Today we have a guest post from James P. in Chile.
I am preparing for the advanced DELE exam (just as it will be useful to have a piece of paper to say I can speak Spanish … such is life). I won’t go into how odd it is (muy suyo), but one thing that is very noticeable is that the “vocab” section is very strongly focused on Peninsular Spanish, which makes it almost impossible for all the other Spanish learners. This puts it’s standing as a world level qualification somewhat in question (even native speakers here can’t pass that section).
Let me illustrate with Chilean Spanish. If someone responds to your question about how the party was by saying “bacán won; la pasamo la raja. Había harta mina ¿cachai? Puro carreteando tóo el rato, won.” Is that good or bad? Do you have any idea what they just said to you?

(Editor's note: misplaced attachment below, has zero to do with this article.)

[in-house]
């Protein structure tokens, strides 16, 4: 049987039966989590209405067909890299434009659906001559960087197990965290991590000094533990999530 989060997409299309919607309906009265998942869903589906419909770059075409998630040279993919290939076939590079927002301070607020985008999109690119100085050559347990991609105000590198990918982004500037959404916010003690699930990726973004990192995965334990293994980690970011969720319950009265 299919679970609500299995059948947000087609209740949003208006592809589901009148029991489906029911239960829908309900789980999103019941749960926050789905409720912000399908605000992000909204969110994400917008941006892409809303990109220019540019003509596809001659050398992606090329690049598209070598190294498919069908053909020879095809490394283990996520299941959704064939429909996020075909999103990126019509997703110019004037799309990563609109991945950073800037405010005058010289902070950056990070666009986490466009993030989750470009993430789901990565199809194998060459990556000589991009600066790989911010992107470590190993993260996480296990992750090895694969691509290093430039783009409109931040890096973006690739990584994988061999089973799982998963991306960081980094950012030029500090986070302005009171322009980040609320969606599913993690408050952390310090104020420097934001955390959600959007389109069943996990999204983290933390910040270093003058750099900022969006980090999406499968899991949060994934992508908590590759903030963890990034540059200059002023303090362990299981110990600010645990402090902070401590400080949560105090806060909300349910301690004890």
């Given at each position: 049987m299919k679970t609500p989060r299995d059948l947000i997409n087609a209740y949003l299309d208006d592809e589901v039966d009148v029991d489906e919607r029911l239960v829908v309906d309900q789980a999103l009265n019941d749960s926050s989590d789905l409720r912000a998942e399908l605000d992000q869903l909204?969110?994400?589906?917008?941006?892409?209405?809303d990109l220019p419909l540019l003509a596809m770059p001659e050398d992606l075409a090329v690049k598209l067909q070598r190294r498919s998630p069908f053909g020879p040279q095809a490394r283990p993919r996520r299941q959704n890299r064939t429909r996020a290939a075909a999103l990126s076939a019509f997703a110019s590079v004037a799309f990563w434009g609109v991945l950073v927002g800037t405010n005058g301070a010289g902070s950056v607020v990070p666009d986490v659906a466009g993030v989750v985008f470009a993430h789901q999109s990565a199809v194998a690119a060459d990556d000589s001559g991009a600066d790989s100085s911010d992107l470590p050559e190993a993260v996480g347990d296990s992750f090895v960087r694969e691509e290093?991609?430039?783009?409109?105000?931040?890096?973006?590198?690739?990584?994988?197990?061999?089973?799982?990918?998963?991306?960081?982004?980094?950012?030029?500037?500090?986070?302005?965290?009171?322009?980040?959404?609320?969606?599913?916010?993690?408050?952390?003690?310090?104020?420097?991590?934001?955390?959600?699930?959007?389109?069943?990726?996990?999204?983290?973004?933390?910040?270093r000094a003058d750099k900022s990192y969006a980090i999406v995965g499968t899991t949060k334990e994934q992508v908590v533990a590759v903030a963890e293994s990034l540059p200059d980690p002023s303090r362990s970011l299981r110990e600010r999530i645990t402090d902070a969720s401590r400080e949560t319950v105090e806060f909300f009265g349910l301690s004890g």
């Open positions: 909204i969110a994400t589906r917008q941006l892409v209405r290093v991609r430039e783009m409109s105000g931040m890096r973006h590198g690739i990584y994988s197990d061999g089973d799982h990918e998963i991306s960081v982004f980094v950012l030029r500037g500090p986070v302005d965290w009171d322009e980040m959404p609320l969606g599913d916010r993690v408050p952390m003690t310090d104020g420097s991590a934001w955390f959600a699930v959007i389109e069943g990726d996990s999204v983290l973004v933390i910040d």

Anyway, it set me thinking about languages with two (or more) “centers” (there is a proper term for this and I can’t remember it at the moment). English is the same: standard UK English is not “better” than standard USA English: there are two norms.
Are there other examples of languages with two or more “standard norms”?